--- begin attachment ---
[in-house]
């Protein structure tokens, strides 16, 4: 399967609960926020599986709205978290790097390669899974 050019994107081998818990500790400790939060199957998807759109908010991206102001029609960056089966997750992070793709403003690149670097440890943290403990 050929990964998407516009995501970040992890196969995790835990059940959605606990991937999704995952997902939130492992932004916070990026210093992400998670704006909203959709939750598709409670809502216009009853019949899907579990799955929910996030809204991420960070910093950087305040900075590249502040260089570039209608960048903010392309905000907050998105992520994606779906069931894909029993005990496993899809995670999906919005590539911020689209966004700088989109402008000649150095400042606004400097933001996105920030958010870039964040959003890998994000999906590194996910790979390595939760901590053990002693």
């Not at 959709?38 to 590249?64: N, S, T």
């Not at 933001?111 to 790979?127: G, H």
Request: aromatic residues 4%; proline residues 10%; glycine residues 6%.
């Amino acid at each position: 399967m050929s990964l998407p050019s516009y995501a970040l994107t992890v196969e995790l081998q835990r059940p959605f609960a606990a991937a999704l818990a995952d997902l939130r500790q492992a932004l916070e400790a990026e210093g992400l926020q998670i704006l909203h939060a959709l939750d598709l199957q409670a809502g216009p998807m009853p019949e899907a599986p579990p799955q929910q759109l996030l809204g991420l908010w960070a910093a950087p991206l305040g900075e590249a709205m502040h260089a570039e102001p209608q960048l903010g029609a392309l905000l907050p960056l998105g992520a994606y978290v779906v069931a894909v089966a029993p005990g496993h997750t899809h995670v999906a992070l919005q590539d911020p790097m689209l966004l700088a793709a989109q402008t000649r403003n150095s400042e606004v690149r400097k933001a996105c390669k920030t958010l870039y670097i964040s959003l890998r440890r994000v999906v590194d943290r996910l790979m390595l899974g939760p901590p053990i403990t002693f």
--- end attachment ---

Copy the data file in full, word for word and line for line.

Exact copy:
[in-house]
């Protein structure tokens, strides 16, 4: 399967609960926020599986709205978290790097390669899974 050019994107081998818990500790400790939060199957998807759109908010991206102001029609960056089966997750992070793709403003690149670097440890943290403990 050929990964998407516009995501970040992890196969995790835990059940959605606990991937999704995952997902939130492992932004916070990026210093992400998670704006909203959709939750598709409670809502216009009853019949899907579990799955929910996030809204991420960070910093950087305040900075590249502040260089570039209608960048903010392309905000907050998105992520994606779906069931894909029993005990496993899809995670999906919005590539911020689209966004700088989109402008000649150095400042606004400097933001996105920030958010870039964040959003890998994000999906590194996910790979390595939760901590053990002693």
């Not at 959709?38 to 590249?64: N, S, T």
């Not at 933001?111 to 790979?127: G, H």
Request: aromatic residues 4%; proline residues 10%; glycine residues 6%.
């Amino acid at each position: 399967m050929s990964l998407p050019s516009y995501a970040l994107t992890v196969e995790l081998q835990r059940p959605f609960a606990a991937a999704l818990a995952d997902l939130r500790q492992a932004l916070e400790a990026e210093g992400l926020q998670i704006l909203h939060a959709l939750d598709l199957q409670a809502g216009p998807m009853p019949e899907a599986p579990p799955q929910q759109l996030l809204g991420l908010w960070a910093a950087p991206l305040g900075e590249a709205m502040h260089a570039e102001p209608q960048l903010g029609a392309l905000l907050p960056l998105g992520a994606y978290v779906v069931a894909v089966a029993p005990g496993h997750t899809h995670v999906a992070l919005q590539d911020p790097m689209l966004l700088a793709a989109q402008t000649r403003n150095s400042e606004v690149r400097k933001a996105c390669k920030t958010l870039y670097i964040s959003l890998r440890r994000v999906v590194d943290r996910l790979m390595l899974g939760p901590p053990i403990t002693f």